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Adobe Premiere Pro CC - Essentials Training

Complexities of the Essential Graphics Panel in Premiere Pro

Daniel Walter Scott

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Hi there, this video we're going to talk about some of the weirdness that goes on, I won't say weirdness, the complexities of the Essential Graphics Panel. It's awesome but it's also, has some things we just need to recap, and a couple other things we need to address. So let's look at this first bit of animation here.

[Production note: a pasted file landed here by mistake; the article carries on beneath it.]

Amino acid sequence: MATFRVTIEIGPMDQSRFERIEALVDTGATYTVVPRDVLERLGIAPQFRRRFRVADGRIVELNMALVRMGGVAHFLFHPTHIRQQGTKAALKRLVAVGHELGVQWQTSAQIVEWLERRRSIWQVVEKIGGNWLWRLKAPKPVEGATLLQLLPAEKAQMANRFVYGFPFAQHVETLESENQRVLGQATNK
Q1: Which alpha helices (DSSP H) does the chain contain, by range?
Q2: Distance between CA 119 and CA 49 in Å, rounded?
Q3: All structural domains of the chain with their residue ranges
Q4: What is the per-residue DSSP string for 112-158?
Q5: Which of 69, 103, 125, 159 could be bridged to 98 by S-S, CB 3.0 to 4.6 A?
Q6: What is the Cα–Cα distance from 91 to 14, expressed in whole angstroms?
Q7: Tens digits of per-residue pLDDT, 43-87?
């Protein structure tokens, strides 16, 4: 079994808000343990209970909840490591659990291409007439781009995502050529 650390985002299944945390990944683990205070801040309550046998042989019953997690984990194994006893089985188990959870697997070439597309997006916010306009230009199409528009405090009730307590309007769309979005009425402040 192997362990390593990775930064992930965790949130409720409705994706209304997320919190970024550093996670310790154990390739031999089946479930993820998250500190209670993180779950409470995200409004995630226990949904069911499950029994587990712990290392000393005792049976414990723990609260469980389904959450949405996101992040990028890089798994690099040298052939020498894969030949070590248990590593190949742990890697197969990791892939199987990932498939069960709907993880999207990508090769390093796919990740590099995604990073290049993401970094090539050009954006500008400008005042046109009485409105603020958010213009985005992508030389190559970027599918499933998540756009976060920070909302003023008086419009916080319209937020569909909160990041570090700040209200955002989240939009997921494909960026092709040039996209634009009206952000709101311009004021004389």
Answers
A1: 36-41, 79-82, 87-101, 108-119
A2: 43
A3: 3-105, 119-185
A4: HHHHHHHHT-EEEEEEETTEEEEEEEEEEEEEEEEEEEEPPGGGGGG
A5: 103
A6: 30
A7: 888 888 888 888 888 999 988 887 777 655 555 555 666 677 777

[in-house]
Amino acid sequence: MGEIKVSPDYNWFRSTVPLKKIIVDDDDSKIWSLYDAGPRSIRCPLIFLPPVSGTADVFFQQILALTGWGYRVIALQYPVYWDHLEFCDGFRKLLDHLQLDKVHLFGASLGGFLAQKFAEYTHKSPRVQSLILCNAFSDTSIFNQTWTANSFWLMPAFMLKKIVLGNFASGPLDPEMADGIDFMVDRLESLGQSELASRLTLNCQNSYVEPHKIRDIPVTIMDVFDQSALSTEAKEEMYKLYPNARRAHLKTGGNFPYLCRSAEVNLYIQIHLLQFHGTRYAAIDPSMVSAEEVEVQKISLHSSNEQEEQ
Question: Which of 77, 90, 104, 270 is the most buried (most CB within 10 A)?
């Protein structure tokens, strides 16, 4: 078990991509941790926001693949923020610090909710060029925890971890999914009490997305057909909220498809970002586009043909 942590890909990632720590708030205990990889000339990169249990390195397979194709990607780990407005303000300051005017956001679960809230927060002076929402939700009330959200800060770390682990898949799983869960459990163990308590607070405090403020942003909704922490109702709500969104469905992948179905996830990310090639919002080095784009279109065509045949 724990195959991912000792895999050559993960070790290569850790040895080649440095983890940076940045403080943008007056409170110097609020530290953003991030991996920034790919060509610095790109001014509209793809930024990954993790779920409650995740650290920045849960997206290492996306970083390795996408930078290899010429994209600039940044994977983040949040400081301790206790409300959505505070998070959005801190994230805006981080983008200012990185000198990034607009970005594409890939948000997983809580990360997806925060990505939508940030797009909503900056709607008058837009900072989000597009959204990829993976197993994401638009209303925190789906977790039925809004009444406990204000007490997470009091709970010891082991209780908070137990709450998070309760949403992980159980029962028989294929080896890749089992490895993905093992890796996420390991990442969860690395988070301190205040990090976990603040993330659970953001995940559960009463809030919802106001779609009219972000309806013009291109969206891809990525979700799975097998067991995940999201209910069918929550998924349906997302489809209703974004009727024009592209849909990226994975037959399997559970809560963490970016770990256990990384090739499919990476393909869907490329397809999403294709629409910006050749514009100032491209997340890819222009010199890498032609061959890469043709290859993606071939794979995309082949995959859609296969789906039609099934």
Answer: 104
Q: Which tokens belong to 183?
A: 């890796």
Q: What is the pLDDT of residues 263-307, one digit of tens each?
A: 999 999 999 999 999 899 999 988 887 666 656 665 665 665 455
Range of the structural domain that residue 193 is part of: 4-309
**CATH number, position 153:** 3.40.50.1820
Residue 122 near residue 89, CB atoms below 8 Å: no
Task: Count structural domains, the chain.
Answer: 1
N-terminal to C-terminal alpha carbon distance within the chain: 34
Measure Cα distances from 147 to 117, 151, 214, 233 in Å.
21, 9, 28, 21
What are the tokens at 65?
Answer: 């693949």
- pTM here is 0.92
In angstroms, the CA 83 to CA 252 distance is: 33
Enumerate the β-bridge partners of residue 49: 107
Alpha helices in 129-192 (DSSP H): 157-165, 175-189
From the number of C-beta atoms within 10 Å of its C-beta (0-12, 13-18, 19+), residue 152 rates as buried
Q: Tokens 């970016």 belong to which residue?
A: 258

First thing I want to show you is, we've talked about it a few times, is we've got two different motions. We've got motion, motion, motion in all of these. It can be handy-- say I want to move this over and left, but I've got lots of animation going on. So if I try and move the position of this it's going to add a keyframe, you're like, "I just wanted to go up because it's too close to the side." That's where this one comes in handy, this motion. We're not going to actually animate it, we're just going to actually move it, and you'll notice that there's this box, you're like, "Where did that come from?" Because it really wants to be our fixed size, our HD size. Doesn't make any difference. Just be shifting the whole video over to the left, and it addresses that as this whole big square.